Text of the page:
In a striking development, a five-judge constitution bench of the Supreme Court of India observed that “the purpose of reviewing the Mandal judgement was that those who have come out from backwardness must be eliminated.” The bench made the observation while hearing the arguments in the Maratha quota case.
“For how many generations would reservations in jobs and education continue,” the apex court asked, also raising concerns over “resultant inequality” if the 50 percent quota limit was to be removed. “70 years have passed since independence and the states have been carrying on so many beneficial schemes and “can we accept that no development has taken place, that no backward caste has moved forward,” the bench added.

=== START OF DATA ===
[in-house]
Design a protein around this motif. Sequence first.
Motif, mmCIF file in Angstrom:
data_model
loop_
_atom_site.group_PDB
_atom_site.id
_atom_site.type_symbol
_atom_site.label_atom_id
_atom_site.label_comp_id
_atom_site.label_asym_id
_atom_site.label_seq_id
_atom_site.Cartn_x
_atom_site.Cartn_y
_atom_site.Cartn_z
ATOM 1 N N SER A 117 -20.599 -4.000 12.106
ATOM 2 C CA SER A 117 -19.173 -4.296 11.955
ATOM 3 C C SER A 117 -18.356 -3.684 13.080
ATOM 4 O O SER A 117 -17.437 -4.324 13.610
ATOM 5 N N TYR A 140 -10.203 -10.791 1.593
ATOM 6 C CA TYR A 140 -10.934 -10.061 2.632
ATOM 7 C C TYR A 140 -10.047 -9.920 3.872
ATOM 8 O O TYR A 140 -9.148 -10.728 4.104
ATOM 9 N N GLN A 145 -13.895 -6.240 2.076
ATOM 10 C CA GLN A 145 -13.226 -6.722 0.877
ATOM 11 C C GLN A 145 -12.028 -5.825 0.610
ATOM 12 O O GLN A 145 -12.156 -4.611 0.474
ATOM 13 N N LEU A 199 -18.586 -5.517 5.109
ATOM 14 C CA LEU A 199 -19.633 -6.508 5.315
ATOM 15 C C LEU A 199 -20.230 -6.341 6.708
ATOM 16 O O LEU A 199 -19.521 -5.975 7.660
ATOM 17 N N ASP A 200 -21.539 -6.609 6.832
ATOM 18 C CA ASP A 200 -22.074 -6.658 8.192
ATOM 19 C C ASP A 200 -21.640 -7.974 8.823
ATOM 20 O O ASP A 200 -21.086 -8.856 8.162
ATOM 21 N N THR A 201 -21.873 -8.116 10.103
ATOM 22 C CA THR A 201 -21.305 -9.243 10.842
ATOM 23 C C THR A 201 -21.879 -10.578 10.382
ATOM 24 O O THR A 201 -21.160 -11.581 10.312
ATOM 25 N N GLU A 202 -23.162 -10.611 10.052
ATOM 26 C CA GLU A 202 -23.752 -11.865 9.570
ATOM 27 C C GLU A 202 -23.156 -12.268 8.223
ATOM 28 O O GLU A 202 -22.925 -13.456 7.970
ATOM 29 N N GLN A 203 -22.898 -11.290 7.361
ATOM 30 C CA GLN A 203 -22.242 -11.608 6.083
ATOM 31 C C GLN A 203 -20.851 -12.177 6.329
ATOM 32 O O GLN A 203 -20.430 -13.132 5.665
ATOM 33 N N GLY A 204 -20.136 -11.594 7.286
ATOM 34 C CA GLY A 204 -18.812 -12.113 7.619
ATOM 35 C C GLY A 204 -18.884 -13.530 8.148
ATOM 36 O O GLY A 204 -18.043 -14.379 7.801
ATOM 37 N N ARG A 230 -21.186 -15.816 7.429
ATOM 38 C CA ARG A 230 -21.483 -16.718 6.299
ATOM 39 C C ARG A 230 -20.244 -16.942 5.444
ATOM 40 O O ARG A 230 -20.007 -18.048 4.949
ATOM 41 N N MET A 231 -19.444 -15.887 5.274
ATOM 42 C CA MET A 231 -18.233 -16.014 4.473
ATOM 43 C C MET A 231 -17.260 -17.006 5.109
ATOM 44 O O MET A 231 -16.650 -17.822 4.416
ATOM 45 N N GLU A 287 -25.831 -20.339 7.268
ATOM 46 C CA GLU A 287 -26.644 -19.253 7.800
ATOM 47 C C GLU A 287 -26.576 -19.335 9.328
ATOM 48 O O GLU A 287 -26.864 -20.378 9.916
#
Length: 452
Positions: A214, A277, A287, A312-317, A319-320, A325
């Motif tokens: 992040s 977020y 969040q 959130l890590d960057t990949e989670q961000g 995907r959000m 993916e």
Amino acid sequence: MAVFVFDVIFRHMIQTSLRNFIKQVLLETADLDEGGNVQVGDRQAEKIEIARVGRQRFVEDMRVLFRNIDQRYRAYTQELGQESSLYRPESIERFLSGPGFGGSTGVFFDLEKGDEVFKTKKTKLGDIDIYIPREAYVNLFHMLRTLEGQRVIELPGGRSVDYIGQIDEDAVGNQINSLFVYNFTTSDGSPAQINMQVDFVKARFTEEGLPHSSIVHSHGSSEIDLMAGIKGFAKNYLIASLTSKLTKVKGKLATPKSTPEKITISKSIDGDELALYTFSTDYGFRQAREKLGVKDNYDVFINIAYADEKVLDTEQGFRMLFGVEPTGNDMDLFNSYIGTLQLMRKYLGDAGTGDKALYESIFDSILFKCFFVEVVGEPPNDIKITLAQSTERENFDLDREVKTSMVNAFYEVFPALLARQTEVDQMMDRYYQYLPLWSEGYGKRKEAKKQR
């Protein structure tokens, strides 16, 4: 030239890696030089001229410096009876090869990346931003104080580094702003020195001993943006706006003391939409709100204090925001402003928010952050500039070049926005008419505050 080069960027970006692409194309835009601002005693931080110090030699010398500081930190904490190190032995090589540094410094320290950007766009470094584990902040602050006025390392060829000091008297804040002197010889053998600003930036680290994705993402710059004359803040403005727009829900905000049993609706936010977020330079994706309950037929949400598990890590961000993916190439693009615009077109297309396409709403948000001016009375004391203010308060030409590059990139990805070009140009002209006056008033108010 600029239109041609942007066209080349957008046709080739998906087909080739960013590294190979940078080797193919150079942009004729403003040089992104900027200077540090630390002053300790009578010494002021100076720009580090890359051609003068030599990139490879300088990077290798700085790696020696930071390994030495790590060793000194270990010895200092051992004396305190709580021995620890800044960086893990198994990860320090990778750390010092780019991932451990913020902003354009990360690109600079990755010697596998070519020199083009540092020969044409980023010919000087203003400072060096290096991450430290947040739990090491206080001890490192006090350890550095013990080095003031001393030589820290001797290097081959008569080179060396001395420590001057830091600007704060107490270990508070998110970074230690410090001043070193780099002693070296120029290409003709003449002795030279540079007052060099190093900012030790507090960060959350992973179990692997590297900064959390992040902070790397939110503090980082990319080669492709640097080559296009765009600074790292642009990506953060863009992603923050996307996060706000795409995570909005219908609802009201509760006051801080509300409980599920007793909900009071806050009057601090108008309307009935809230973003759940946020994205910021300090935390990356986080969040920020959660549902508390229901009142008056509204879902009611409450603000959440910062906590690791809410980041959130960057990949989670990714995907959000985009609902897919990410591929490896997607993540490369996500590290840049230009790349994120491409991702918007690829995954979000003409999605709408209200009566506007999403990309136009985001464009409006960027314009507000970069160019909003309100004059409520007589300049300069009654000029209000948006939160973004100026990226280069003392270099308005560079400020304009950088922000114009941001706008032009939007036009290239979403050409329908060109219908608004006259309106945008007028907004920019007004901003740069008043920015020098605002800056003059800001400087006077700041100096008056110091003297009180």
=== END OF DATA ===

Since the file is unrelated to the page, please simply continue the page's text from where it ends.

The bench’s comments were in response to senior advocate Mukul Rohatgi’s arguments that the courts should leave it to states to decide reservation quotas in view of the changed circumstances and the Mandal judgement that was premised on census of 1931.
Mukul said that even though India has moved forward, it’s not that the backward classes have gone down from 50 to 20 percent. “We still have starvation deaths in this country. 30 years have gone by, the law has changed, the population has grown, backward persons may also have increased,” Rohatgi said.